June 2, 2010 | by Chris Johnson
Kolbe reacts to McCain opposition to ‘Don’t Ask’ repeal

A former out Republican congressman has told the Blade he disagrees with his longtime friend Sen. John McCain’s (R-Ariz.) opposition to repealing “Don’t Ask, Don’t Tell” but respects his position.

Jim Kolbe, who served in Congress from 1985 to 2007 as part of Arizona’s federal delegation, said Wednesday he’s “obviously on the other side” of McCain on the issue of “Don’t Ask, Don’t Tell.” Still, Kolbe maintained he and the senator agree on many issues.

“I disagree with him, but Sen. McCain and I have a long relationship and friendship that goes back a long ways, and we have a history of cooperation on a lot of different issues for Arizona and for the nation,” Kolbe said. “And so, I may disagree with him on this, and do, both professionally and personally, but I respect his position.”

McCain has emerged as one of the chief opponents of repealing “Don’t Ask, Don’t Tell” in the U.S. Senate. He’s pledged to stop repeal by supporting a Senate filibuster of the defense authorization bill to which the repeal language is attached.

Some pundits have speculated McCain has taken a position in strong opposition to ending “Don’t Ask, Don’t Tell” because he’s facing a challenge from a conservative J.D. Hayworth in an upcoming Republican primary.

Kolbe declined to offer his opinion on why McCain is opposed to repeal. The former congressman said he doesn’t know if McCain may later alter his position on “Don’t Ask, Don’t Tell,” but said he hopes the senator will change his mind.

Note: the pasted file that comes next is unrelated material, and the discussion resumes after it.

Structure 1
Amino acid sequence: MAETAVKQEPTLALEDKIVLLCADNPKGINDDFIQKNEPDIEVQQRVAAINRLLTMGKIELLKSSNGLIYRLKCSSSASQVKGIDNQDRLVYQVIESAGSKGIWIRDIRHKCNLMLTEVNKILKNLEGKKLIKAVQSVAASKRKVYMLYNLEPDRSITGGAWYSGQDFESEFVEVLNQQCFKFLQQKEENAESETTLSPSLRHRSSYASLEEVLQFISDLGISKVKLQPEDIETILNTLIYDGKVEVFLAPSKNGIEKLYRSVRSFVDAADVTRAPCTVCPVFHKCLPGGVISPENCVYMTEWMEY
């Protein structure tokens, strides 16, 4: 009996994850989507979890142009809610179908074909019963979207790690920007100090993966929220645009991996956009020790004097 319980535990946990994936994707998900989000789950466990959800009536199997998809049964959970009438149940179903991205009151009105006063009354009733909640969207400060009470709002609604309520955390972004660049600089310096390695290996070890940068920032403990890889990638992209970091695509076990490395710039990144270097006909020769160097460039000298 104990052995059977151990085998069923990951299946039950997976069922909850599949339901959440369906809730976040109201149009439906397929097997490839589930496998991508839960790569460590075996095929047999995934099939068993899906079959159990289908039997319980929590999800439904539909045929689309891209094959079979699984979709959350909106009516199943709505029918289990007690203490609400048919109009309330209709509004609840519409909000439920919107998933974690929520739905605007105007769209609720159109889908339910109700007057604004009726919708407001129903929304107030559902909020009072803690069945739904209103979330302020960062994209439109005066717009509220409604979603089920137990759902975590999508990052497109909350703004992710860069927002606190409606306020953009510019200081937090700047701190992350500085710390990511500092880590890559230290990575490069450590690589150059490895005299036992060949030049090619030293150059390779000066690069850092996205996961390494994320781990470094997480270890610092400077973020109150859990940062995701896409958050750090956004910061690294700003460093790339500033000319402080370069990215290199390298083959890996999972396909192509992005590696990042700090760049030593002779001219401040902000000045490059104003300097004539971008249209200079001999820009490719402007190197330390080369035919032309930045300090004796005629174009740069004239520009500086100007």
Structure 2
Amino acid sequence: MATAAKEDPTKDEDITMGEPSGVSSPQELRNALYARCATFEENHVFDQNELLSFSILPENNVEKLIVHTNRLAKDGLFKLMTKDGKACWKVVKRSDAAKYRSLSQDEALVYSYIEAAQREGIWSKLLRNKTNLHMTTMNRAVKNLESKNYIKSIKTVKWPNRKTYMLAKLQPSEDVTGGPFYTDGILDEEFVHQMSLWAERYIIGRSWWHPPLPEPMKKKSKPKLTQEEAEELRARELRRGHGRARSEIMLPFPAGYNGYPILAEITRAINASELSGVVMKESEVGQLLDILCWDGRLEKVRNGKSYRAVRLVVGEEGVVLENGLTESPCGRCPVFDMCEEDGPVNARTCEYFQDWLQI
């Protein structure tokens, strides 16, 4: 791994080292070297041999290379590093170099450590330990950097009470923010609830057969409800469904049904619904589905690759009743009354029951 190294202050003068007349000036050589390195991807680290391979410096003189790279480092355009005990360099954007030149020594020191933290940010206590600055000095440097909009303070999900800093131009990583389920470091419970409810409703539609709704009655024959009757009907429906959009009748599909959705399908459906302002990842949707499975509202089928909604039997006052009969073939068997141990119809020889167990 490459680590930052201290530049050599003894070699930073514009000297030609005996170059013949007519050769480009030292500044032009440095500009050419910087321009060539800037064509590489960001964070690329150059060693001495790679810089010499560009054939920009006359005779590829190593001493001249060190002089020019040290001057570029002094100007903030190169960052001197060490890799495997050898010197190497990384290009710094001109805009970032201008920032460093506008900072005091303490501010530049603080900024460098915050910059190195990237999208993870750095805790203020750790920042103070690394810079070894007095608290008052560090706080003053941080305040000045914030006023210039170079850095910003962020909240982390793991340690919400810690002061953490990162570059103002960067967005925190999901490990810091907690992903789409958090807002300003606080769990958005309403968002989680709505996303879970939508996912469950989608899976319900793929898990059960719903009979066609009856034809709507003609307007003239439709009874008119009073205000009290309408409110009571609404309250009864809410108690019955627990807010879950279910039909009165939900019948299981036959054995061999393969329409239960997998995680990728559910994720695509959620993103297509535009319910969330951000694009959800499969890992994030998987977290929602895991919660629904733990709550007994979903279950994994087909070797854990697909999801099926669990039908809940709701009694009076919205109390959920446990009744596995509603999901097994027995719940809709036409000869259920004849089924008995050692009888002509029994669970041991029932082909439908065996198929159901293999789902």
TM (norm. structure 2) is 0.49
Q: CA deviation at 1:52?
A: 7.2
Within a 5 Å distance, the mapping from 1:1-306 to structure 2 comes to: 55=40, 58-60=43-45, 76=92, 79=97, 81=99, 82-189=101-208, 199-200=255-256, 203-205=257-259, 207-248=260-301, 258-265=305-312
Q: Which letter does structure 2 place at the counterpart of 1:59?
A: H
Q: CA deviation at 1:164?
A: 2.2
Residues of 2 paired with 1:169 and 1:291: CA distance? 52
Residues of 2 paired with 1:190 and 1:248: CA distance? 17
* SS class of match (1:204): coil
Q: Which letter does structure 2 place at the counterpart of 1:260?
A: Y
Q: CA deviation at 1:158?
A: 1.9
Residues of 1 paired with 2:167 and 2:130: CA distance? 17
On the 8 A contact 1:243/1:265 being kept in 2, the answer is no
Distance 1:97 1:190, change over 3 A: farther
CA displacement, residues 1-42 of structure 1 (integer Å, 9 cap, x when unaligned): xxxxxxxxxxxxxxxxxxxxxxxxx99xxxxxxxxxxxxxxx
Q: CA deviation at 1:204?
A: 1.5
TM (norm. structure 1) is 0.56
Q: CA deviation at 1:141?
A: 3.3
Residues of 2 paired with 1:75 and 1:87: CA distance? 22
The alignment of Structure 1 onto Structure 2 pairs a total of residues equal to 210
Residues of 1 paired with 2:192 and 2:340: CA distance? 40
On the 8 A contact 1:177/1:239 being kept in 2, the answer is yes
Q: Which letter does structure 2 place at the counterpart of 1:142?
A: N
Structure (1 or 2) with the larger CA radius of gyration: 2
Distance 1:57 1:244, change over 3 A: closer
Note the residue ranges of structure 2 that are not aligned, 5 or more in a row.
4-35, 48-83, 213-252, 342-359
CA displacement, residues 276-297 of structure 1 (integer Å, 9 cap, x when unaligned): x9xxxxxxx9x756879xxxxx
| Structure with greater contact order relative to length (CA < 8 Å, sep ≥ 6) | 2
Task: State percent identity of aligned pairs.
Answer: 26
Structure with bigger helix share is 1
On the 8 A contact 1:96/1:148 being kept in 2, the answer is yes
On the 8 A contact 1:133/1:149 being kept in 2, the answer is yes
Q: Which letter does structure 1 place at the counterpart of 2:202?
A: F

“I certainly hope that he will and be supportive of changing the policy, but I don’t know,” Kolbe said.

Kolbe said he hasn’t had any conversations recently with McCain on “Don’t Ask, Don’t Tell.”

In 1996, after Kolbe publicly came out as gay following his vote in favor of the Defense of Marriage Act, McCain came to the congressman’s defense and said Kolbe’s coming out didn’t cause “much of a ripple around” Arizona.

Kolbe endorsed McCain during the 2008 presidential campaign. In a Q&A with the Blade in October 2008, McCain identified Kolbe as someone he counted as among his gay friends.

The transcript of the exchange between the Blade and Kolbe follows:

Blade: What are your feelings on Sen. McCain being so opposed to repeal?

Kolbe: Well, I’m obviously on the other side of that issue. I disagree with him, but Sen. McCain and I have a long relationship and friendship that goes back a long ways, and we have a history of cooperation on a lot of different issues for Arizona and for the nation. And so, I may disagree with him on this, and do, both professionally and personally, but I respect his position. So, that’s about all I would have to say on that.

Blade: Do you know why he’s so opposed to repeal?

Kolbe: You’d have to ask him. I’m not going to try to speculate as to why.

Blade: Do you think he might change his position later?

Kolbe: I don’t know. I would hope that he would — I certainly hope that he will and be supportive of changing the policy, but I don’t know.

Blade: Have you spoken to him on this issue recently?

Kolbe: No, I have not spoken to him recently about it.

Chris Johnson is Chief Political & White House Reporter for the Washington Blade. Johnson attends the daily White House press briefings and is a member of the White House Correspondents' Association. Follow Chris

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